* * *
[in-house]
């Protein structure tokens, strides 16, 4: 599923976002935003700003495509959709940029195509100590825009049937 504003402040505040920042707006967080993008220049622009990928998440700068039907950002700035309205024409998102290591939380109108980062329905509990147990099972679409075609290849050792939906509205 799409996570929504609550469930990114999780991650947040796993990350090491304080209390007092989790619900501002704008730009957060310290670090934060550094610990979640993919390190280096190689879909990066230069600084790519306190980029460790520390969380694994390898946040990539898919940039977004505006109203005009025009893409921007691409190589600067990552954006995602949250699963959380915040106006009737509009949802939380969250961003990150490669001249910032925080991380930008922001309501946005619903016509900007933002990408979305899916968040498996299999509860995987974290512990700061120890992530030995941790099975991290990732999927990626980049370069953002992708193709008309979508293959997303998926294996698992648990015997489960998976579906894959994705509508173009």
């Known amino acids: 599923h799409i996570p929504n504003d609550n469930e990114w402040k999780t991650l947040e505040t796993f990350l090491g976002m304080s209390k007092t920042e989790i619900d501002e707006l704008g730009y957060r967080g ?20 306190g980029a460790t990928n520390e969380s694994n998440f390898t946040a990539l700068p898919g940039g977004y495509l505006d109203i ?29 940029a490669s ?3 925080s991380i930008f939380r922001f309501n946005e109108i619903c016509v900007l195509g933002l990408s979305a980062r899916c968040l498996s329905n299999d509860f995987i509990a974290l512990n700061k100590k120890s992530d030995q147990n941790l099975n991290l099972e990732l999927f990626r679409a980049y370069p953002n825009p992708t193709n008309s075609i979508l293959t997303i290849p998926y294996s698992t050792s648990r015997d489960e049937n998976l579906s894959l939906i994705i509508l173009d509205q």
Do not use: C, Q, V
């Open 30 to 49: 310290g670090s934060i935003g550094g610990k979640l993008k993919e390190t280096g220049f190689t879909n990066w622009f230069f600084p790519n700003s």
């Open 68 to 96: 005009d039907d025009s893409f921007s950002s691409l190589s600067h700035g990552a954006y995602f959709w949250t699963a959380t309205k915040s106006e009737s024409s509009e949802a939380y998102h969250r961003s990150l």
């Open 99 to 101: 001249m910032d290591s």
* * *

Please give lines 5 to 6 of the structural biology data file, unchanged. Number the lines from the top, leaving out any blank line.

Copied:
């Open 30 to 49: 310290g670090s934060i935003g550094g610990k979640l993008k993919e390190t280096g220049f190689t879909n990066w622009f230069f600084p790519n700003s």
């Open 68 to 96: 005009d039907d025009s893409f921007s950002s691409l190589s600067h700035g990552a954006y995602f959709w949250t699963a959380t309205k915040s106006e009737s024409s509009e949802a939380y998102h969250r961003s990150l």